I am a native in this world And think in it as a native thinks

Monday, February 16, 2009

A Capitol Time, concluded

Inauguration morning. We saw on television that the Mall was already filling up at 6 am, so we decided to head to the Lincoln Memorial, where, according to the paper, there would be two Jumbotrons. It seemed like an appropriate place to watch the swearing-in. We caught a cab from the hotel to the Foggy Bottom metro station, which was as close as you could get by car, and then joined the crowds converging from every direction on foot. There were volunteers in red hats every hundred feet or so, directing the crowds and cheering us on like marathon runners in the home stretch.

There were no Jumbotrons by the Lincoln Memorial after all, and the volunteers directed us up to the Washington Monument. The reflecting pool was beautiful, and frozen solid. Definitely a sign of things to come.

Here are some early arrivals by the Washington Monument. The Jumbotrons replayed concert performances from Sunday over and over again while we waited. If the idea was that the music would keep us warm, it didn't work. There is cold, and then there is bone-seeping, knife-cutting, flesh-killing COLD, and that's what we had through four hours of waiting and watching. This is so amazing being here. God, I'm cold. Two whole minutes since the last time I looked at my watch. God, I'm cold. Please, not Josh Groban AGAIN. God, I'm cold.

This is what it looked like from inside the crowd. Since we were way back in the "cheap seats," no one felt the need for decorum. Bush and Cheney were heartily booed whenever their images appeared on the screens.

I took this picture as Obama took the oath of office. I thought I'd cry, like everyone else, but I just laughed and laughed. There was an African-American woman, about my age, maybe younger, standing next to me, and when it was over and everyone was cheering, she hugged me, and we just looked at each other and laughed, and hugged again.

One of the volunteers kindly took this picture of us after the swearing in before we started the long walk out. There was a tent selling hot chocolate -- the "chocolate" part was a bit of an exaggeration, as it was watery and flavorless, but it was HOT, and at that point, that was all we cared about.

We stopped for a minute, sipping, and suddenly a man ran by us, screaming "F*** you! F*** you!" It was startling, to put it mildly, given the general atmosphere of elated good will, but then we realized he was screaming at a helicopter flying low to the east, presumably the one carrying the worthless former President into ignominious retirement. We tipped our hot chocolate to the screamer, and continued the long march back to Foggy Bottom, and taxis, and the best hot shower ever.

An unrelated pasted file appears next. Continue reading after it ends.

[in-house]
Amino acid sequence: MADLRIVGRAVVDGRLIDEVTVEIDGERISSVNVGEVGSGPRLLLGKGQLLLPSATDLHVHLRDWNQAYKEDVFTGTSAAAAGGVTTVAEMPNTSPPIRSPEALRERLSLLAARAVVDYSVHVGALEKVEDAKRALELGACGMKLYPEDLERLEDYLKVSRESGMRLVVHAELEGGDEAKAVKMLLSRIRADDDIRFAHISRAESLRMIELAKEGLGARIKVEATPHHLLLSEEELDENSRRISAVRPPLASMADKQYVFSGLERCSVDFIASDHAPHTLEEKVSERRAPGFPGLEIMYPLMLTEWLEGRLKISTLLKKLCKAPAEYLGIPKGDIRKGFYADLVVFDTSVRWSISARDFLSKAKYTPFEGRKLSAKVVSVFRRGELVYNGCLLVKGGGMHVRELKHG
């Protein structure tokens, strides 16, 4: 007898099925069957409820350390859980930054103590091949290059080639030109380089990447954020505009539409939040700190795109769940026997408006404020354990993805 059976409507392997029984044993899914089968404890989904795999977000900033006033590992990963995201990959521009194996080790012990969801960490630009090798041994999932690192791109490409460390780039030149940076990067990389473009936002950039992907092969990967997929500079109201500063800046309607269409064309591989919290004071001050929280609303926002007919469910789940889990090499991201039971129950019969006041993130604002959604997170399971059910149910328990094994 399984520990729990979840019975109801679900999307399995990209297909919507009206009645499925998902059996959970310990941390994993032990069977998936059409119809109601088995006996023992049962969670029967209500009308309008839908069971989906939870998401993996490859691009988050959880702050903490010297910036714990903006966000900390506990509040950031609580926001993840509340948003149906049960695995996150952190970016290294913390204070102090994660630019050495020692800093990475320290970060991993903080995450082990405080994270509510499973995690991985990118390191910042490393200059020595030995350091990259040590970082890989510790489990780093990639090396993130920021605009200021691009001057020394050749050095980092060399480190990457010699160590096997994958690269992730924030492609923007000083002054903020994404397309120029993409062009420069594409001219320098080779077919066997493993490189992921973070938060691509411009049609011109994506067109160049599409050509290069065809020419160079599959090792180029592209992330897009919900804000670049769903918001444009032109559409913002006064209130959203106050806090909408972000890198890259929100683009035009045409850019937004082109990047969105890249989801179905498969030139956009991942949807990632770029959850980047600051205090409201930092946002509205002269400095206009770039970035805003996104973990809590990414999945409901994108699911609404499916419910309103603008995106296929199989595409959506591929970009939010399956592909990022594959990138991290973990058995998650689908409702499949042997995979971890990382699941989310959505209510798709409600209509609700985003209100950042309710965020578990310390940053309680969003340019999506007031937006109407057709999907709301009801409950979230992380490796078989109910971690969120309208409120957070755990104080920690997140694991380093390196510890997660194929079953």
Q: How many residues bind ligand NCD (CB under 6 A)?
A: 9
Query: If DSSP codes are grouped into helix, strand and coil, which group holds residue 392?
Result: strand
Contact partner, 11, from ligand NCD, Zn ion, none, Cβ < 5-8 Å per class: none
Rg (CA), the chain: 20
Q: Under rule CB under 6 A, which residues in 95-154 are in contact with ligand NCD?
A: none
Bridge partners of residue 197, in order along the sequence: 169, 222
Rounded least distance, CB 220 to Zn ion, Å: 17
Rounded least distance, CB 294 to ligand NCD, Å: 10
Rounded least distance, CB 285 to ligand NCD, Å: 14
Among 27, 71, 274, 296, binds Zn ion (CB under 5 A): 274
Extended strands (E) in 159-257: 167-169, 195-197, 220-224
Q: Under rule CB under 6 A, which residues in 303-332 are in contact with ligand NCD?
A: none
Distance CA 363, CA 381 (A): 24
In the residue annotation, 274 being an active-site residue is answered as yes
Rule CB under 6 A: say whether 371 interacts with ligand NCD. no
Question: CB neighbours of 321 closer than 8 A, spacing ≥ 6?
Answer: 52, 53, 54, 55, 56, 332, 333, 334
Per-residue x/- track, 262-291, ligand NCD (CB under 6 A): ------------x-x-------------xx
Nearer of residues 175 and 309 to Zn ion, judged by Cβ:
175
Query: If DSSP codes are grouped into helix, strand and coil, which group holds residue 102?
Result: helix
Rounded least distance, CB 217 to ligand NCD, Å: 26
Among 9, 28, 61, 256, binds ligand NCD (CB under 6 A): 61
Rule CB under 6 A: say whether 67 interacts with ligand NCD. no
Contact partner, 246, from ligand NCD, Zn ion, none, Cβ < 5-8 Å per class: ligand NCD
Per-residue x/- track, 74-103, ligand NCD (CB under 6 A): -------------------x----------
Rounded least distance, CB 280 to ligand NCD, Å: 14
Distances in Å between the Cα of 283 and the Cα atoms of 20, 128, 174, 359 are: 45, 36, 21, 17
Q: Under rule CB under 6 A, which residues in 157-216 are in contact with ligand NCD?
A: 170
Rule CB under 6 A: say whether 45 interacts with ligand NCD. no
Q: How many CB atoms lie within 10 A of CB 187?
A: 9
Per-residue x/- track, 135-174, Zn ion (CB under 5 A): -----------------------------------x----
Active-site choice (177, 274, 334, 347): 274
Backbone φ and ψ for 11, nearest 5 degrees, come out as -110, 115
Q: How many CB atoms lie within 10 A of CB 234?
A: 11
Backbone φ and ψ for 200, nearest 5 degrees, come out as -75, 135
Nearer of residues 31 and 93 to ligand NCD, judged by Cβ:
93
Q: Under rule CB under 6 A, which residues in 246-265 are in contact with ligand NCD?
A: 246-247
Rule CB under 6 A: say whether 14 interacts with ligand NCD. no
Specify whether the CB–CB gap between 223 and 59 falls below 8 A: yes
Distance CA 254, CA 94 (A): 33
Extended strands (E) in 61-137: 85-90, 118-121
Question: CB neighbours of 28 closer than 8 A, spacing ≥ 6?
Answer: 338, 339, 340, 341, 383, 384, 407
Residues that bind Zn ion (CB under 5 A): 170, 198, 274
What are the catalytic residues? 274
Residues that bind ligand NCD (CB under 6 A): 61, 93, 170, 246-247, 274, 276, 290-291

Saturday, February 14, 2009

A Capitol Time, continued

Here I am after the concert. More pictures tomorrow.

A Capitol Time, continued

Blogger doesn't seem to like more than two images per entry, so here are some more pictures.

Sunday morning we had brunch at the Mansion on O Street. Julian Bond was at the next table.

Then we walked down to the concert at the Lincoln Memorial. The crowds were huge but good natured, and by the time we got there we couldn't get any closer than the Washington Monument. So we watched everything on a Jumbotron, dancing in the crowd until the cold seeping up from the grass through the soles of our shoes forced us to get out of the crowd and sit down. We could actually hear better from the side -- instead of the half second delay as the sound hit each set of speakers by each Jumbotron, we only heard the music once.

Sunday, February 1, 2009

A Capitol Time

Here are some pictures from Washington. Most of my pictures turned out to be of crowds, because that's what we saw for the most part -- the backs and shoulders of our two million new friends.

Everyone excited. Everyone happy. Bunting draped in front of bars and restaurants. Bunches of flags on every streetlight. Obama in every shop window.

This is a picture from the Mall the day before the inauguration, while they were putting the final touches on the platform for the swearing-in.

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